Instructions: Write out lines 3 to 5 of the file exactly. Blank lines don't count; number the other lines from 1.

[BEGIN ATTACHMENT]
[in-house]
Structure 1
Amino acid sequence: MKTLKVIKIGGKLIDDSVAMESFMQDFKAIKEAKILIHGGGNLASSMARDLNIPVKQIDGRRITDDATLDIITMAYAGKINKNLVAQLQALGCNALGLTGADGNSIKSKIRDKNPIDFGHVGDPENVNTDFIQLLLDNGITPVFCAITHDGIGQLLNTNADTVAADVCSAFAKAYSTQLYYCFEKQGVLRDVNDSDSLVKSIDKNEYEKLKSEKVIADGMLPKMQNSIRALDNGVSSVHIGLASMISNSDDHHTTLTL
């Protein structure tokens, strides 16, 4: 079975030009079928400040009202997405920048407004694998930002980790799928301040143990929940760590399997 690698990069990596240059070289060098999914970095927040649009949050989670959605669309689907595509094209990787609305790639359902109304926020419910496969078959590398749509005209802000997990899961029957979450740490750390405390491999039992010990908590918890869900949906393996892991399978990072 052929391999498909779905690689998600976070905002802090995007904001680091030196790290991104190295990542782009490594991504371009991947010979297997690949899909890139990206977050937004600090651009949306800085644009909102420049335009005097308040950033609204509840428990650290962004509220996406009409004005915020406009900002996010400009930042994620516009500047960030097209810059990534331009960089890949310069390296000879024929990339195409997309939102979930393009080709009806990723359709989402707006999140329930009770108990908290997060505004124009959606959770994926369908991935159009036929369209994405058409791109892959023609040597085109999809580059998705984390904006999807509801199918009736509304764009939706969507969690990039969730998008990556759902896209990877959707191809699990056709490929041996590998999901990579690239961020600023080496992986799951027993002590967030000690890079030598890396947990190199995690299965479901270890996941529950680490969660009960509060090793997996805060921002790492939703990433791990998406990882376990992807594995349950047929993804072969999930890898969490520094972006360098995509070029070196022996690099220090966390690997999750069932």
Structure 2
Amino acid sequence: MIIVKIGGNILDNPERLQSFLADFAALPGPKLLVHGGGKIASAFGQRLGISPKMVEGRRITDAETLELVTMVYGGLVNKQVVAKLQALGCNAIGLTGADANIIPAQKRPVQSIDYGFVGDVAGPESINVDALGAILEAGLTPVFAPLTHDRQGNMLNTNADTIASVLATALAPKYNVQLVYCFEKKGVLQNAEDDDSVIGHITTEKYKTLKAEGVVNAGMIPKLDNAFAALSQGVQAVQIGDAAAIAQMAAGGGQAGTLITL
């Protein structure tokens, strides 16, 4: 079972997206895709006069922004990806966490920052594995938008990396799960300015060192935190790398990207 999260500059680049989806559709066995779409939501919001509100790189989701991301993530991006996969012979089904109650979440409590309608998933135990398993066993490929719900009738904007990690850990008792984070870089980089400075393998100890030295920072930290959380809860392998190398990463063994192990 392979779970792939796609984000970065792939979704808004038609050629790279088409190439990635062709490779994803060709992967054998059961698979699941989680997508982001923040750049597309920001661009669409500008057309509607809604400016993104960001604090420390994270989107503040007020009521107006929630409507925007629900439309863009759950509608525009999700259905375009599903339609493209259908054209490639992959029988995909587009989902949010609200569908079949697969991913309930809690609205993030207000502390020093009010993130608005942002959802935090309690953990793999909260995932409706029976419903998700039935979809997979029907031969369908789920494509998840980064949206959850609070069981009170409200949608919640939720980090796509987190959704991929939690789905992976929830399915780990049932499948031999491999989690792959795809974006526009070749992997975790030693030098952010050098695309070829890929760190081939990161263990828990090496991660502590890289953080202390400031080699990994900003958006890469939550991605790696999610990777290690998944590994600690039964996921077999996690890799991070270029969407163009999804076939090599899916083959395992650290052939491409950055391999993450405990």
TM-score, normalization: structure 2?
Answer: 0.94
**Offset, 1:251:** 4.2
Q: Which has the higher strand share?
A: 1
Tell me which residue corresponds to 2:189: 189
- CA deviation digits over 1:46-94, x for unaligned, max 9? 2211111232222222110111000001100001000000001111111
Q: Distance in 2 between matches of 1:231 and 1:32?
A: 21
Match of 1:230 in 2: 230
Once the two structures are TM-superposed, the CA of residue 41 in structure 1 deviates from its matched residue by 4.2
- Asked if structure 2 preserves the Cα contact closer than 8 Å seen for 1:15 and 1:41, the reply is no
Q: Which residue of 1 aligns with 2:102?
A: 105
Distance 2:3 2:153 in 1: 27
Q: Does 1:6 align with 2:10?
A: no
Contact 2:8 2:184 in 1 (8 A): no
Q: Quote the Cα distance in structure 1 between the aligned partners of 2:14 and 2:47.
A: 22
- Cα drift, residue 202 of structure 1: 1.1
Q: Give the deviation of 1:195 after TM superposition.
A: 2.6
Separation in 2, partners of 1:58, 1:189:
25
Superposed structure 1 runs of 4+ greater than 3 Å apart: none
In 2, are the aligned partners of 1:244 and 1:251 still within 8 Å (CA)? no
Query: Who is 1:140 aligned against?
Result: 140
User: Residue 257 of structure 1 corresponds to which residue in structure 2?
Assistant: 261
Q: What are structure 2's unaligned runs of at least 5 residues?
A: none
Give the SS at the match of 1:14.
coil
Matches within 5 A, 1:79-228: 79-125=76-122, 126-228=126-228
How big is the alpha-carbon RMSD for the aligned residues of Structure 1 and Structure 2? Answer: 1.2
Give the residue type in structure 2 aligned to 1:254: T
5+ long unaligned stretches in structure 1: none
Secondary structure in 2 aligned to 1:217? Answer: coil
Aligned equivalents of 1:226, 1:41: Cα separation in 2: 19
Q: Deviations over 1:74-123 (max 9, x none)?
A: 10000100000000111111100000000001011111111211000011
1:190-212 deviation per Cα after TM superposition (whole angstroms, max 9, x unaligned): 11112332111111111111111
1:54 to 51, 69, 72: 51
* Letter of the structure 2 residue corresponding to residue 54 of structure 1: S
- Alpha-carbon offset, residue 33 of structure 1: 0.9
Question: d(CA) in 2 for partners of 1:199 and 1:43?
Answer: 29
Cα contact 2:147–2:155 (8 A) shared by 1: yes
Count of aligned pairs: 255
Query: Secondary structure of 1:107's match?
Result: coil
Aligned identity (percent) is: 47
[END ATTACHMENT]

Amino acid sequence: MKTLKVIKIGGKLIDDSVAMESFMQDFKAIKEAKILIHGGGNLASSMARDLNIPVKQIDGRRITDDATLDIITMAYAGKINKNLVAQLQALGCNALGLTGADGNSIKSKIRDKNPIDFGHVGDPENVNTDFIQLLLDNGITPVFCAITHDGIGQLLNTNADTVAADVCSAFAKAYSTQLYYCFEKQGVLRDVNDSDSLVKSIDKNEYEKLKSEKVIADGMLPKMQNSIRALDNGVSSVHIGLASMISNSDDHHTTLTL
């Protein structure tokens, strides 16, 4: 079975030009079928400040009202997405920048407004694998930002980790799928301040143990929940760590399997 690698990069990596240059070289060098999914970095927040649009949050989670959605669309689907595509094209990787609305790639359902109304926020419910496969078959590398749509005209802000997990899961029957979450740490750390405390491999039992010990908590918890869900949906393996892991399978990072 052929391999498909779905690689998600976070905002802090995007904001680091030196790290991104190295990542782009490594991504371009991947010979297997690949899909890139990206977050937004600090651009949306800085644009909102420049335009005097308040950033609204509840428990650290962004509220996406009409004005915020406009900002996010400009930042994620516009500047960030097209810059990534331009960089890949310069390296000879024929990339195409997309939102979930393009080709009806990723359709989402707006999140329930009770108990908290997060505004124009959606959770994926369908991935159009036929369209994405058409791109892959023609040597085109999809580059998705984390904006999807509801199918009736509304764009939706969507969690990039969730998008990556759902896209990877959707191809699990056709490929041996590998999901990579690239961020600023080496992986799951027993002590967030000690890079030598890396947990190199995690299965479901270890996941529950680490969660009960509060090793997996805060921002790492939703990433791990998406990882376990992807594995349950047929993804072969999930890898969490520094972006360098995509070029070196022996690099220090966390690997999750069932």
Structure 2